by Marie Elena Giossi
Thirty years ago, the Centers for Disease Control and Prevention reported the first cases of AIDS. The disease has since become a worldwide pandemic, claiming more than 33 million lives.
On World AIDS Day, Dec. 1, remembrances of victims were held across the globe and in the Diocese of Brooklyn, where several parishes commemorated the day.
In Park Slope, the fifth annual World AIDS Day Interfaith Candlelight Memorial Service was held at St. Augustine Church.
For the first time this year, the evening service was organized in collaboration with two other parishes, St. Francis Xavier, Park Slope, and Immaculate Heart of Mary (IHM), Windsor Terrace.
This year’s theme was “Getting to Zero” to reflect the hope – and belief – that through treatment, education and interventions targeting mothers and children, the infection rate will drop to zero.
Just after 7 p.m., attendees settled into pews as parishioner Ann Beirne sang the “Ave Maria,” accompanied on the organ by Steve Vaughan, IHM music director.
“We come in many cases knowing someone as a friend or loving someone as family who has died of AIDS,” Father Thomas Ahern, pastor, said as he welcomed the congregation – families and individuals – to the solemn observance. Each wore a red ribbon, an international symbol of AIDS awareness, which was provided to parishioners and neighbors as they arrived.
Recalling an international conference on AIDS held years ago at the Vatican, Father Ahern shared some thoughts about the words that appeared on one banner: “The body of Christ has AIDS.”
That message, he said, caused people to realize that when even one person is infected, every life is affected.
“If one member suffers, the whole body suffers,” he said, paraphrasing the words of St. Paul. Those with HIV/AIDS, he added, “bear the wounds of Christ.”
To address the disease in today’s world, he explained, the challenge is to replace silence and denial with acknowledgement and compassion.
Guest speakers included Brooklynite Daniel Tietz, executive director, AIDS Community Research Initiative of America, and Mickey Heller, an administrative law judge and chair of the 2011 Brooklyn Pride Parade.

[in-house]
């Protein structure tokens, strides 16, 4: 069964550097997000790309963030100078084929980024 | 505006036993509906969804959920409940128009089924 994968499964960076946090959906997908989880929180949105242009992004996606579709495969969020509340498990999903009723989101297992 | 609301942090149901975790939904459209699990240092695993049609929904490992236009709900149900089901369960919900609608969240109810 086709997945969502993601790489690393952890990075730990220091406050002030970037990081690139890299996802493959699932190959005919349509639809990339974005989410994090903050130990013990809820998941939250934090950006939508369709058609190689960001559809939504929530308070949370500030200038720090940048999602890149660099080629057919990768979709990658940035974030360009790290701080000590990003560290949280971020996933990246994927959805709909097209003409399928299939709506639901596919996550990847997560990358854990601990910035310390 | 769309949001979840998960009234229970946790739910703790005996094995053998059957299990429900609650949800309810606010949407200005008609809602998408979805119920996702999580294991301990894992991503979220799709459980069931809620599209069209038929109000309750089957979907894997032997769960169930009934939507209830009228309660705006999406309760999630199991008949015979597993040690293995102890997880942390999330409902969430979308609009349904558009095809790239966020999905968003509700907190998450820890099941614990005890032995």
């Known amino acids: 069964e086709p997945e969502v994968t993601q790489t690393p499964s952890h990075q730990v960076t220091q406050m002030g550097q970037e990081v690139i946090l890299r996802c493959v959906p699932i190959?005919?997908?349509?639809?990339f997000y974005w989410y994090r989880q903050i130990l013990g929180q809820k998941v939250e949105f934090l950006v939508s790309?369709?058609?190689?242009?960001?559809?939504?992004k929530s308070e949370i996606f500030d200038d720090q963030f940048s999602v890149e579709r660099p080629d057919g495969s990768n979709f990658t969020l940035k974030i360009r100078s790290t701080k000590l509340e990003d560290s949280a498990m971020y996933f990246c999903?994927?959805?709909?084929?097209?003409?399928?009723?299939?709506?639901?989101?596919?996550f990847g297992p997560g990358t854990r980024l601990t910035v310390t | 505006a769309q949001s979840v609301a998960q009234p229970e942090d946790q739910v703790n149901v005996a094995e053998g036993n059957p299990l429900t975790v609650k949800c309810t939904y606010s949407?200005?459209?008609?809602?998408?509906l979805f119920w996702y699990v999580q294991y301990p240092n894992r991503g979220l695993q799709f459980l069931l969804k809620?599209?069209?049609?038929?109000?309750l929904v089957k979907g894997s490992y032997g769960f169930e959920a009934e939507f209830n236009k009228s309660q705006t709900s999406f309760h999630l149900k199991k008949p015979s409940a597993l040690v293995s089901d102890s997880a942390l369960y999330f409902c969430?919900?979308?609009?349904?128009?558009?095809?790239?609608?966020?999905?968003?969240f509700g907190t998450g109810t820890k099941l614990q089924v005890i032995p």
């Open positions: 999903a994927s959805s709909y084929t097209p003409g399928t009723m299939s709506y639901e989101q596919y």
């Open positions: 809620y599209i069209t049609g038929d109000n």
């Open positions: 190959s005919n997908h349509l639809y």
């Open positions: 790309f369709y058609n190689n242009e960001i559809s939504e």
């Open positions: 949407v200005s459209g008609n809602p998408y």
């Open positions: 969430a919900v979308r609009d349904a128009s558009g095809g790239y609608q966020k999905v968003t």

Tietz spoke about the “extraordinary commitment” needed on the part of governments and individuals to address discrimination/stigma, increase testing, and ensure affordable, accessible and ongoing treatment. These steps, he said, are key to preventing the virus’ spread.
Another key is “having events like this,” Heller told the congregation. “Just being here is doing something.”
Like many in attendance, Heller said, “I remember what it was like not knowing what AIDS was.”
He lost many friends and co-workers in the early years and spoke about how Zimbabwe lost a whole generation to the disease.
Though antiretroviral therapies are helping those with HIV/AIDS live longer, he said, “we have to continue to speak about it,” especially among youth. Noting that a large percentage of homeless youth are lesbian, gay, bisexual and transgender, Heller said, “We have to show we care.”
Theresa Noll from IHM’s new Rainbow Ministry offered a reflection on what getting to zero means and Vaughan performed the David Friedman song, “Help Is On The Way.”
White candles were then distributed and slowly illuminated by Kevin Cooper, who helped organize the service, and others who passed the flame from their own candles.
Once every candle was lit, the names of over 100 victims of the deadly disease were read aloud.
These names also appeared on large red ribbons affixed to the wrought iron fence outside the church as part of an annual Memorial Ribbon Project, conducted by the parish’s Gay Lesbian Bisexual Transgender Straight (GLBTS) Ministry.
In the weeks leading up to the observance, names are added to the fence to raise community awareness about AIDS and the prayer service.
After a moment of silence, attendees blew out the candles while meditating on a rendition of Mendelssohn’s “O Rest in the Lord.”
Following the service, St. Augustine parishioner and artist Matt Kirby displayed several of his religious icons in the church vestibule, where attendees shared fellowship over light refreshments.
Dr. Susan Draper attended the service for the first time with her husband, Michael Bianco, both St. Francis Xavier parishioners.
“We have very good friends who died of AIDS years ago so we felt compelled to come,” Draper said.
Their friends, Kevin Hanlon and Allen Weinstein, were among those remembered at the service. Hanlon, she noted, was a faithful Catholic.
“It was a very moving ceremony. I’m glad we came,” she said.